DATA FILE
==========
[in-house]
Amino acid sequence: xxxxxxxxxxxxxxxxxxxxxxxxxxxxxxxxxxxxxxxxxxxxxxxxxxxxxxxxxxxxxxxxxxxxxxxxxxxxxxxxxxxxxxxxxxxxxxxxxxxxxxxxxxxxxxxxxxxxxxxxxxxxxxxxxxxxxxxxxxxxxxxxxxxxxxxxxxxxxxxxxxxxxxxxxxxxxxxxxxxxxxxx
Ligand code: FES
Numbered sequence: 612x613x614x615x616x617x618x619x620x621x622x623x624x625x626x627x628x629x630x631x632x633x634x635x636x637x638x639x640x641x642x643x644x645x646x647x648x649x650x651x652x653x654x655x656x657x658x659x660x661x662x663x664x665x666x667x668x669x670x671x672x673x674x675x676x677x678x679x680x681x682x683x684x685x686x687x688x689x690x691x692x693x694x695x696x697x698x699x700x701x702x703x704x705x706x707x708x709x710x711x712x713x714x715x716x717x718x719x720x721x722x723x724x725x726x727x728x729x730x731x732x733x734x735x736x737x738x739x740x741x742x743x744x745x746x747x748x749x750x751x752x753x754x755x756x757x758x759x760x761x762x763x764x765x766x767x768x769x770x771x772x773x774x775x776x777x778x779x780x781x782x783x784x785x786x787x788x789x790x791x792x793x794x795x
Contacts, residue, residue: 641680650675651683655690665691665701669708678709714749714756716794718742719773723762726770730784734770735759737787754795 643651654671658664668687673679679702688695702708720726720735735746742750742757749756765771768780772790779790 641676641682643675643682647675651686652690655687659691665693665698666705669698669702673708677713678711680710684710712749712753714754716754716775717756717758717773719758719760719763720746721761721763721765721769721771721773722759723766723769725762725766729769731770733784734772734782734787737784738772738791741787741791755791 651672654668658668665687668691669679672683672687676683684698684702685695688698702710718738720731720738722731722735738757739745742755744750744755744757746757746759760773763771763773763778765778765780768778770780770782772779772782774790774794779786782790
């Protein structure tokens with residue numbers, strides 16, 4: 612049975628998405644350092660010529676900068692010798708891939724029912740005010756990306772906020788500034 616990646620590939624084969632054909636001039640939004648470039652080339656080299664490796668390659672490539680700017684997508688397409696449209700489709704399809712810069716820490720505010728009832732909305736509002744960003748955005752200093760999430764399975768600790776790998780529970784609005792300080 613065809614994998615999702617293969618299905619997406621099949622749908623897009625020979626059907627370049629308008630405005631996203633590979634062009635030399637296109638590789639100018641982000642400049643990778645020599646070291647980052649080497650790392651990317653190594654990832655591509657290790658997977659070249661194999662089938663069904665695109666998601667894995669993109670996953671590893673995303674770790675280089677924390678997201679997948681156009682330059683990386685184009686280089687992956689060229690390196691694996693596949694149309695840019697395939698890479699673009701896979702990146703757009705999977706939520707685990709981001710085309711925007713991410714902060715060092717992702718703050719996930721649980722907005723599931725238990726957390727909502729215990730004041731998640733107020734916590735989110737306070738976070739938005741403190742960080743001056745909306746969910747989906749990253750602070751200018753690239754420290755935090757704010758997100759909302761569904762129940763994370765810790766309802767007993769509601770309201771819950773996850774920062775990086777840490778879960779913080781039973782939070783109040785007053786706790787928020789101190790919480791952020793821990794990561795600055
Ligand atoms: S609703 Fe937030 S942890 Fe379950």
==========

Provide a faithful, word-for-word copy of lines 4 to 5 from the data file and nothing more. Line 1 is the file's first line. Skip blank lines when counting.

Numbered sequence: 612x613x614x615x616x617x618x619x620x621x622x623x624x625x626x627x628x629x630x631x632x633x634x635x636x637x638x639x640x641x642x643x644x645x646x647x648x649x650x651x652x653x654x655x656x657x658x659x660x661x662x663x664x665x666x667x668x669x670x671x672x673x674x675x676x677x678x679x680x681x682x683x684x685x686x687x688x689x690x691x692x693x694x695x696x697x698x699x700x701x702x703x704x705x706x707x708x709x710x711x712x713x714x715x716x717x718x719x720x721x722x723x724x725x726x727x728x729x730x731x732x733x734x735x736x737x738x739x740x741x742x743x744x745x746x747x748x749x750x751x752x753x754x755x756x757x758x759x760x761x762x763x764x765x766x767x768x769x770x771x772x773x774x775x776x777x778x779x780x781x782x783x784x785x786x787x788x789x790x791x792x793x794x795x
Contacts, residue, residue: 641680650675651683655690665691665701669708678709714749714756716794718742719773723762726770730784734770735759737787754795 643651654671658664668687673679679702688695702708720726720735735746742750742757749756765771768780772790779790 641676641682643675643682647675651686652690655687659691665693665698666705669698669702673708677713678711680710684710712749712753714754716754716775717756717758717773719758719760719763720746721761721763721765721769721771721773722759723766723769725762725766729769731770733784734772734782734787737784738772738791741787741791755791 651672654668658668665687668691669679672683672687676683684698684702685695688698702710718738720731720738722731722735738757739745742755744750744755744757746757746759760773763771763773763778765778765780768778770780770782772779772782774790774794779786782790